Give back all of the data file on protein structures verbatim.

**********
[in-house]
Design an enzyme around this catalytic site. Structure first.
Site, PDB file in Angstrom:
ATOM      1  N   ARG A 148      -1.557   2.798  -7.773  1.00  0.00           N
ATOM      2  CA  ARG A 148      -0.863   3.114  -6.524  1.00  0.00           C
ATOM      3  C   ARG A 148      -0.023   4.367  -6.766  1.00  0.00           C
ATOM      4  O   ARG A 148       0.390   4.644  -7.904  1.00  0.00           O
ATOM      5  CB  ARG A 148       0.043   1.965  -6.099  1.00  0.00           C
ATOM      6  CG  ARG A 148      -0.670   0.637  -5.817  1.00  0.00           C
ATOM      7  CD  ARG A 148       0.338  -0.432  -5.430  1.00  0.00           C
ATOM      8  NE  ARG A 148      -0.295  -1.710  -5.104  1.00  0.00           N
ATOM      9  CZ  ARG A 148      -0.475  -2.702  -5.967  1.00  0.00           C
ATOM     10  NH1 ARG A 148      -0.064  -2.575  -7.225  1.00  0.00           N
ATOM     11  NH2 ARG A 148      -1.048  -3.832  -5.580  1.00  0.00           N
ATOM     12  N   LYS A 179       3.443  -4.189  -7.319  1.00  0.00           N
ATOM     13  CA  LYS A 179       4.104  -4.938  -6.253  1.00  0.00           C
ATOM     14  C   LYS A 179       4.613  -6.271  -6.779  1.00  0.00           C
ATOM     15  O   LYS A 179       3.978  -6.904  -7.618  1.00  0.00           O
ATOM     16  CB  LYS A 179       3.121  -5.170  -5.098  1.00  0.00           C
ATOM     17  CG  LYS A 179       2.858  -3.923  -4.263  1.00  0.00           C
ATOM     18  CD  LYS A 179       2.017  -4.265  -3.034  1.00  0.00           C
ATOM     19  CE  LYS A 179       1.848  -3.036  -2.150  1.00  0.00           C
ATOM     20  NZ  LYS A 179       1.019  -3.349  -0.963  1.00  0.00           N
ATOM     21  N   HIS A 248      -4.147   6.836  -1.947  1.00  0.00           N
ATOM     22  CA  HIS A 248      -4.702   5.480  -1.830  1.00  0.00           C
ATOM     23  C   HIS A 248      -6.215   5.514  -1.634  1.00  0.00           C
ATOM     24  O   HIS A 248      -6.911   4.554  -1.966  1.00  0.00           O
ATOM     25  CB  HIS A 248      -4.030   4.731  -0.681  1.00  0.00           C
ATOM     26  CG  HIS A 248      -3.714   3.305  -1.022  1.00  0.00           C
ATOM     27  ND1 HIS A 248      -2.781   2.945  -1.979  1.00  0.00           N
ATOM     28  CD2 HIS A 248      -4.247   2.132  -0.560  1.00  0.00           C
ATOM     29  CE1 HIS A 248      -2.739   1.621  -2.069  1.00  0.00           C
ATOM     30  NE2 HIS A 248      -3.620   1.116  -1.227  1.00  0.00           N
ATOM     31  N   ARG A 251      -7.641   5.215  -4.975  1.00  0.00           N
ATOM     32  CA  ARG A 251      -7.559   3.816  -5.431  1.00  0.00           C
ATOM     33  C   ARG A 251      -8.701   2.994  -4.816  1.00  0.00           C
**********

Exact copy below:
[in-house]
Design an enzyme around this catalytic site. Structure first.
Site, PDB file in Angstrom:
ATOM      1  N   ARG A 148      -1.557   2.798  -7.773  1.00  0.00           N
ATOM      2  CA  ARG A 148      -0.863   3.114  -6.524  1.00  0.00           C
ATOM      3  C   ARG A 148      -0.023   4.367  -6.766  1.00  0.00           C
ATOM      4  O   ARG A 148       0.390   4.644  -7.904  1.00  0.00           O
ATOM      5  CB  ARG A 148       0.043   1.965  -6.099  1.00  0.00           C
ATOM      6  CG  ARG A 148      -0.670   0.637  -5.817  1.00  0.00           C
ATOM      7  CD  ARG A 148       0.338  -0.432  -5.430  1.00  0.00           C
ATOM      8  NE  ARG A 148      -0.295  -1.710  -5.104  1.00  0.00           N
ATOM      9  CZ  ARG A 148      -0.475  -2.702  -5.967  1.00  0.00           C
ATOM     10  NH1 ARG A 148      -0.064  -2.575  -7.225  1.00  0.00           N
ATOM     11  NH2 ARG A 148      -1.048  -3.832  -5.580  1.00  0.00           N
ATOM     12  N   LYS A 179       3.443  -4.189  -7.319  1.00  0.00           N
ATOM     13  CA  LYS A 179       4.104  -4.938  -6.253  1.00  0.00           C
ATOM     14  C   LYS A 179       4.613  -6.271  -6.779  1.00  0.00           C
ATOM     15  O   LYS A 179       3.978  -6.904  -7.618  1.00  0.00           O
ATOM     16  CB  LYS A 179       3.121  -5.170  -5.098  1.00  0.00           C
ATOM     17  CG  LYS A 179       2.858  -3.923  -4.263  1.00  0.00           C
ATOM     18  CD  LYS A 179       2.017  -4.265  -3.034  1.00  0.00           C
ATOM     19  CE  LYS A 179       1.848  -3.036  -2.150  1.00  0.00           C
ATOM     20  NZ  LYS A 179       1.019  -3.349  -0.963  1.00  0.00           N
ATOM     21  N   HIS A 248      -4.147   6.836  -1.947  1.00  0.00           N
ATOM     22  CA  HIS A 248      -4.702   5.480  -1.830  1.00  0.00           C
ATOM     23  C   HIS A 248      -6.215   5.514  -1.634  1.00  0.00           C
ATOM     24  O   HIS A 248      -6.911   4.554  -1.966  1.00  0.00           O
ATOM     25  CB  HIS A 248      -4.030   4.731  -0.681  1.00  0.00           C
ATOM     26  CG  HIS A 248      -3.714   3.305  -1.022  1.00  0.00           C
ATOM     27  ND1 HIS A 248      -2.781   2.945  -1.979  1.00  0.00           N
ATOM     28  CD2 HIS A 248      -4.247   2.132  -0.560  1.00  0.00           C
ATOM     29  CE1 HIS A 248      -2.739   1.621  -2.069  1.00  0.00           C
ATOM     30  NE2 HIS A 248      -3.620   1.116  -1.227  1.00  0.00           N
ATOM     31  N   ARG A 251      -7.641   5.215  -4.975  1.00  0.00           N
ATOM     32  CA  ARG A 251      -7.559   3.816  -5.431  1.00  0.00           C
ATOM     33  C   ARG A 251      -8.701   2.994  -4.816  1.00  0.00           C